Nearly all hands were raised.
The mood had been set for what would be a robust discussion on the #MeToo movement, and the impact of its momentum.
Catharine Lumby, a professor of media at Macquarie University, The Australian columnist Janet Albrechtsen, The Preatures lead singer Isabella Manfredi and employment lawyer, Josh Bornstein waded through most of the debate with surprisingly little tension. All believed the movement had brought about a new, fundamentally positive social resolve: that sexual misconduct can no longer be swept under the rug.
Unsurprisingly, the conversation soon turned to whether men were being adversely affected by #MeToo. How can they be expected to read such complex and nuanced non-verbal signals? How do we not “tar them all with that Weinstein brush?” Trioli posed.
Bornstein wasn’t buying it. “One of the things that #MeToo has already achieved is that men have to think a bit more, they have to reflect a bit more and they have to be a bit more cautious,” he explained. “But if it’s going to have a lasting impact then I think we need to look at addressing gender equality from cradle to grave.”
“It’s not just a workplace problem: it starts in homes, it starts in schools it’s on the streets,” he said.
Albrechtsen weighed in, suggesting that the absence of Charles Waterstreet (A prominent barrister who was asked to sit on the panel but was advised by the NSW Bar not to) was evidence of male alienation from the conversation.
“We can’t just hear from the women,” she said. “It needs to be a conversation had with everyone who’s involved in this because it is so murky.” “When we start excluding voices, like what’s happened here with Charles Waterstreet, I think that’s really sad.”
She also cited the “the hardening of orthodoxy” as her primary qualm, suggesting that “Hollywood had stayed silent for years.” Now, anyone questioning allegations was being publicly “hounded down” as a traitor to the movement. “Someone like Matt Damon put his poor head up last year and spoke about a spectrum of behaviour” she said. “Well, he’s recently apologised and literally said ‘I’m going to now shut my mouth’. No, we actually want people to be engaged in this and I think that’s where I get concerned about where it’s going.”
Bornstein’s take on it differed. “I think #MeToo properly looked at is a protest movement, a protest movement led by women who are whistle-blowers” and “you’re not going to be able to bring everyone with you,” he said. “We have to accept that there’s going to be abuse thrown back at people who want change that’s always been the lesson of history.”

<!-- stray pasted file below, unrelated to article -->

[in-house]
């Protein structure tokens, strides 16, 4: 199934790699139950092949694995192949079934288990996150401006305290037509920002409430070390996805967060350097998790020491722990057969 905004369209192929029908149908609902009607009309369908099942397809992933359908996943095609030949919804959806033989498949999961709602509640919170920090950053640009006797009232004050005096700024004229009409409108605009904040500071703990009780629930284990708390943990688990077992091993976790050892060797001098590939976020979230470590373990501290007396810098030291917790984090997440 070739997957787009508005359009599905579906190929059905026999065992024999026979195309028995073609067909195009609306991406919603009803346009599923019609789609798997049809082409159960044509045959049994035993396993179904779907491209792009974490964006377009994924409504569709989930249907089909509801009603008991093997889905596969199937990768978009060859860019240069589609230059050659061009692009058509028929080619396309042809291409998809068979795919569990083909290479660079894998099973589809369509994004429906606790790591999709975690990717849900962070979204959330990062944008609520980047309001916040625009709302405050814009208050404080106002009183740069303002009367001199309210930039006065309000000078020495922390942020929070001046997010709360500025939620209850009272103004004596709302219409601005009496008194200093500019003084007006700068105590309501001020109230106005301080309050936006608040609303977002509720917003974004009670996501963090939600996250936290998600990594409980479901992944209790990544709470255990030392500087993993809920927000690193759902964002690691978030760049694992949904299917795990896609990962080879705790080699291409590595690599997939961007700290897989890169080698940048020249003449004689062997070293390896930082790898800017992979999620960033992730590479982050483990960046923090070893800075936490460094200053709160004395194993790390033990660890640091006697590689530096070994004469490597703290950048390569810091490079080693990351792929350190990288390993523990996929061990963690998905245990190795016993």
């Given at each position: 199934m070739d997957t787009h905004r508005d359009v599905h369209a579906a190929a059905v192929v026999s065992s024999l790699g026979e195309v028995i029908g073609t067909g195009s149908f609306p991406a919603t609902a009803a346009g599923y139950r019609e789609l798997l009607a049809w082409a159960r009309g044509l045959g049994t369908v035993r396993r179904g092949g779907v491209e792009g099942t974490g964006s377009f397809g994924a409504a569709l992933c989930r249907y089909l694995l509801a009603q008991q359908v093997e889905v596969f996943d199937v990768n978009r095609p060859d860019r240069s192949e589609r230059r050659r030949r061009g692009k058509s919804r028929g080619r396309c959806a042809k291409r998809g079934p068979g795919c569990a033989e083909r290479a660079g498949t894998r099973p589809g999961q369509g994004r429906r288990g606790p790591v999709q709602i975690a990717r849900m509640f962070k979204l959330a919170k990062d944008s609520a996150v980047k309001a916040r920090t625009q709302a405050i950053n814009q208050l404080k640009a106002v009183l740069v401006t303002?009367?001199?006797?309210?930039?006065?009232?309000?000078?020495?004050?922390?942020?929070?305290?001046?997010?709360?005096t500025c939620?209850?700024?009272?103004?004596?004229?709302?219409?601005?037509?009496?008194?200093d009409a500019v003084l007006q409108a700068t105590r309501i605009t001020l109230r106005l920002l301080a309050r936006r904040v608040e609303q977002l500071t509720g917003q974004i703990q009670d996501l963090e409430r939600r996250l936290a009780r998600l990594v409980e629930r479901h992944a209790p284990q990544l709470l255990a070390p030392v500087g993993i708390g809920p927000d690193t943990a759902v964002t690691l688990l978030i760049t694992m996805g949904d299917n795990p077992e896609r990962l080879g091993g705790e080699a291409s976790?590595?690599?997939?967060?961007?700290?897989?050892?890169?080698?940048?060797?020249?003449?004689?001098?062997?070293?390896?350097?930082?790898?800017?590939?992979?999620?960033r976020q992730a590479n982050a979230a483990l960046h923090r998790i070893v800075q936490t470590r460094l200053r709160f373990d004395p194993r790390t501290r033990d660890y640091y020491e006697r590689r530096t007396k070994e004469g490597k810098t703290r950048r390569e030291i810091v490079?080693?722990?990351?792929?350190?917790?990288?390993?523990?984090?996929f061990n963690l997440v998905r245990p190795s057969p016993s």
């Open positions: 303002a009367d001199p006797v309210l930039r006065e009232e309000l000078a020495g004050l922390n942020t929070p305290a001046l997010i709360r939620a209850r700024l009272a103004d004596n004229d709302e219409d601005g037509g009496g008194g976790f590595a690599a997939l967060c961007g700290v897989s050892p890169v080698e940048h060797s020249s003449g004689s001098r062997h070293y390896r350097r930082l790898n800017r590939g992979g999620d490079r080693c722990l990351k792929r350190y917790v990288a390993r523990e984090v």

Both points are fair, but there’s another to be made, and that’s this: most men (I’d suggest) are both engaged with the issue and supportive of change.
Bornstein himself is proof of this. Last night he was by far the most active and emphatic participant on the panel. His advocacy of the movement and his sentiment toward its victims was raw, moving and honest.
And he’s not alone. In recent months, hundreds (if not thousands) of men have come forward on social media to express their dismay and their sympathies to women sharing #MeToo stories. Many have identified their own need to look more closely in the mirror, and to address this issue in detail with their children.
As Lumby eloquently explained “at the heart of sexual harassment is power, and the abuse of power.” This behaviour, this (decidedly un-murky) conduct towards women, has up until now, been accepted as the norm. Many men, have overstepped boundaries but would not be unwilling to change their actions. The #MeToo movement is a watershed moment, precisely because it’s flipping the typical gendered power dynamic on its head.
And most men, accept that, support that and ride along with us.
Let’s be clear: The #MeToo movement isn’t about alienating men. It’s about women (and men incidentally) speaking out for the first time in history, calling for change and giving others a platform to do so as well.